CBP did not immediately respond to a request for comment.
Today, CBP leadership announced that the agency would "temporarily" suspend the criminal prosecution of parents who cross the US border with their children illegally. These prosecutions stemmed from the Trump administration's "zero tolerance" policy toward illegal immigration. A CBP spokesperson told the press it would refrain from these prosecutions until Congress finds "a lasting solution to family separations".
Read the full Salesforce letter below:
It has come to our attention as Salesforce employees that our products and tools (Einstein Analytics, Analytics Cloud, Community Cloud, and Service Cloud) are being used by Customs and Border Protection (CBP) to modernise its staff recruiting process, manage border activities, and engage with citizens.
We are particularly concerned about the use of Service Cloud to manage border activities. Given the inhumane separation of children from their parents currently taking place at the border, we believe that our core value of Equality is at stake and that Salesforce should re-examine our contractual relationship with CBP and speak out against its practices.
We cannot cede responsibility for the use of the technology we create — particularly when we have reason to believe that it is being used to aid practices so irreconcilable to our values. Those values often feel abstract, and it is easier to uphold them when they are not being tested. They are being tested now.
Many of us choose to work at Salesforce because of Salesforce's reputation as a company that stands up against injustice. We agree that the business of business is to improve the state of the world. We want our work at Salesforce to have a positive impact on our friends and neighbours, not to make us complicit in the inhumane treatment of vulnerable people.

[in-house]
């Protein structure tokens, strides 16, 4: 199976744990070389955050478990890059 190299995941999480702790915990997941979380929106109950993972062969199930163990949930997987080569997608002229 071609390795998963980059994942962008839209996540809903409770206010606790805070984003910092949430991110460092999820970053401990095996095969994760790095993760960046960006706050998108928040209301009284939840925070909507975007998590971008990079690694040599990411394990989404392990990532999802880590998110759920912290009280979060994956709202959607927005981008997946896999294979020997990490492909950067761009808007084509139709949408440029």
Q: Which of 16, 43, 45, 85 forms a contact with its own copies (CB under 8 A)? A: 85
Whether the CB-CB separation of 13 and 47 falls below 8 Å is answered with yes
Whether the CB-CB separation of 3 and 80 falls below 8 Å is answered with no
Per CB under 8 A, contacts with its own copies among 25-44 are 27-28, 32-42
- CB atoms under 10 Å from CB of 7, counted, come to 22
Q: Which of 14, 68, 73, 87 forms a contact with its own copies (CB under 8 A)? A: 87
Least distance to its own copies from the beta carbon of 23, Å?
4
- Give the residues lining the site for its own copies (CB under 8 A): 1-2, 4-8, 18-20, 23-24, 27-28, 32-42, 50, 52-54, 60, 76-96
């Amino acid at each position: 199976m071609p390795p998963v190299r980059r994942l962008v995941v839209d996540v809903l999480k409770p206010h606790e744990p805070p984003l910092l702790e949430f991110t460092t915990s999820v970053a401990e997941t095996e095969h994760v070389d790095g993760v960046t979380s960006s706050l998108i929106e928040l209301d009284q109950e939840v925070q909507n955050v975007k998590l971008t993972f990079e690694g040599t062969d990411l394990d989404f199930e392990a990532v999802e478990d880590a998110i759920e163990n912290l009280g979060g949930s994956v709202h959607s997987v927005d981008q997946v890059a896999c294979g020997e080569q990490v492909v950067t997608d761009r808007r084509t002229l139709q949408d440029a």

As members of the Salesforce Ohana, we believe that Salesforce must stand with the families facing irrevocable and unimaginable harm at the hands of CBP. We believe that the moral and ethical emergency that CBP's practices have created and in which we have become complicit compel us as an Ohana and you as our CEO to take action by re-examining our contractual relationship with CBP and speaking out against its current practices.
We recognise the explicit policy of separating children at the border has been stopped, but that simply returns us to a status quo of detaining children with their parents at the border. We believe it is vital for Salesforce to stand up against both the practice that inspired this letter and any future attempts to merely make this destructive state of affairs more palatable.
We believe that we must craft a plan for examining the use of all our products, and the extent to which they are being used for harm. We feel this is necessary to make good on our promise of being in the business of improving the world. Dismantling the structures of inequity is every bit as crucial as building foundations of care if those improvements are to last.
Additional reporting by Kate Conger.